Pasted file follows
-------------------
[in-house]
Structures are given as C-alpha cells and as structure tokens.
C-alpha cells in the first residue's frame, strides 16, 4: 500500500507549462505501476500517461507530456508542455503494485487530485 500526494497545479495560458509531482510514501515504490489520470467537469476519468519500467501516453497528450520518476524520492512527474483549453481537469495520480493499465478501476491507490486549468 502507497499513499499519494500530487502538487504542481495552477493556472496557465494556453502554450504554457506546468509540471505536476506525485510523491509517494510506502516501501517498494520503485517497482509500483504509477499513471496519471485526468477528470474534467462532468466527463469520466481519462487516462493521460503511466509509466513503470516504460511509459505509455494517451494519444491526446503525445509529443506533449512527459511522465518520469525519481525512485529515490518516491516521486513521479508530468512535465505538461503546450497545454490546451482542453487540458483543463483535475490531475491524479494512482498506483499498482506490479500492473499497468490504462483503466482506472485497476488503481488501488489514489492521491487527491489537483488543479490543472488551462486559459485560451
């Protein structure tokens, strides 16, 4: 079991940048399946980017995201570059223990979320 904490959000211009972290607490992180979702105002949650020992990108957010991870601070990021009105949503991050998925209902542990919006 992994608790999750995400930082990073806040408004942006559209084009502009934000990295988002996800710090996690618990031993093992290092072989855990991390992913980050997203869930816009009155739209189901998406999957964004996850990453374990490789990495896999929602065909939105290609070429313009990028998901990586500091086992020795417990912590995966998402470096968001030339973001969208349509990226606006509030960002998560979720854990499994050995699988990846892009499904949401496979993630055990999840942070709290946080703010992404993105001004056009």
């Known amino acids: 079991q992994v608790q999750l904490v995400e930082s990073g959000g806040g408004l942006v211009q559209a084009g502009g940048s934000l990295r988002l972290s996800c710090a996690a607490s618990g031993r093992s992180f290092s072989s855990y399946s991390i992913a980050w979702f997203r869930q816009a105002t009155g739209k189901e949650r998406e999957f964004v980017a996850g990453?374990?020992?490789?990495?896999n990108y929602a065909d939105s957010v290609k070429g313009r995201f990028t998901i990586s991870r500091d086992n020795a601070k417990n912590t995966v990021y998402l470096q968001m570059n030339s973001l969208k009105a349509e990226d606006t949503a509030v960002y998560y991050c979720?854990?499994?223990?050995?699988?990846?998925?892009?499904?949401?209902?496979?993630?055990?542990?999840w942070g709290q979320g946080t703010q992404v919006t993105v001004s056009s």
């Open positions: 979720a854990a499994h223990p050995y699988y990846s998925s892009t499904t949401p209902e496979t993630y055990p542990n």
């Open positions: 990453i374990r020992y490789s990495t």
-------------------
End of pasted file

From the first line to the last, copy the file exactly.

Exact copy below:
[in-house]
Structures are given as C-alpha cells and as structure tokens.
C-alpha cells in the first residue's frame, strides 16, 4: 500500500507549462505501476500517461507530456508542455503494485487530485 500526494497545479495560458509531482510514501515504490489520470467537469476519468519500467501516453497528450520518476524520492512527474483549453481537469495520480493499465478501476491507490486549468 502507497499513499499519494500530487502538487504542481495552477493556472496557465494556453502554450504554457506546468509540471505536476506525485510523491509517494510506502516501501517498494520503485517497482509500483504509477499513471496519471485526468477528470474534467462532468466527463469520466481519462487516462493521460503511466509509466513503470516504460511509459505509455494517451494519444491526446503525445509529443506533449512527459511522465518520469525519481525512485529515490518516491516521486513521479508530468512535465505538461503546450497545454490546451482542453487540458483543463483535475490531475491524479494512482498506483499498482506490479500492473499497468490504462483503466482506472485497476488503481488501488489514489492521491487527491489537483488543479490543472488551462486559459485560451
């Protein structure tokens, strides 16, 4: 079991940048399946980017995201570059223990979320 904490959000211009972290607490992180979702105002949650020992990108957010991870601070990021009105949503991050998925209902542990919006 992994608790999750995400930082990073806040408004942006559209084009502009934000990295988002996800710090996690618990031993093992290092072989855990991390992913980050997203869930816009009155739209189901998406999957964004996850990453374990490789990495896999929602065909939105290609070429313009990028998901990586500091086992020795417990912590995966998402470096968001030339973001969208349509990226606006509030960002998560979720854990499994050995699988990846892009499904949401496979993630055990999840942070709290946080703010992404993105001004056009």
């Known amino acids: 079991q992994v608790q999750l904490v995400e930082s990073g959000g806040g408004l942006v211009q559209a084009g502009g940048s934000l990295r988002l972290s996800c710090a996690a607490s618990g031993r093992s992180f290092s072989s855990y399946s991390i992913a980050w979702f997203r869930q816009a105002t009155g739209k189901e949650r998406e999957f964004v980017a996850g990453?374990?020992?490789?990495?896999n990108y929602a065909d939105s957010v290609k070429g313009r995201f990028t998901i990586s991870r500091d086992n020795a601070k417990n912590t995966v990021y998402l470096q968001m570059n030339s973001l969208k009105a349509e990226d606006t949503a509030v960002y998560y991050c979720?854990?499994?223990?050995?699988?990846?998925?892009?499904?949401?209902?496979?993630?055990?542990?999840w942070g709290q979320g946080t703010q992404v919006t993105v001004s056009s």
């Open positions: 979720a854990a499994h223990p050995y699988y990846s998925s892009t499904t949401p209902e496979t993630y055990p542990n």
């Open positions: 990453i374990r020992y490789s990495t």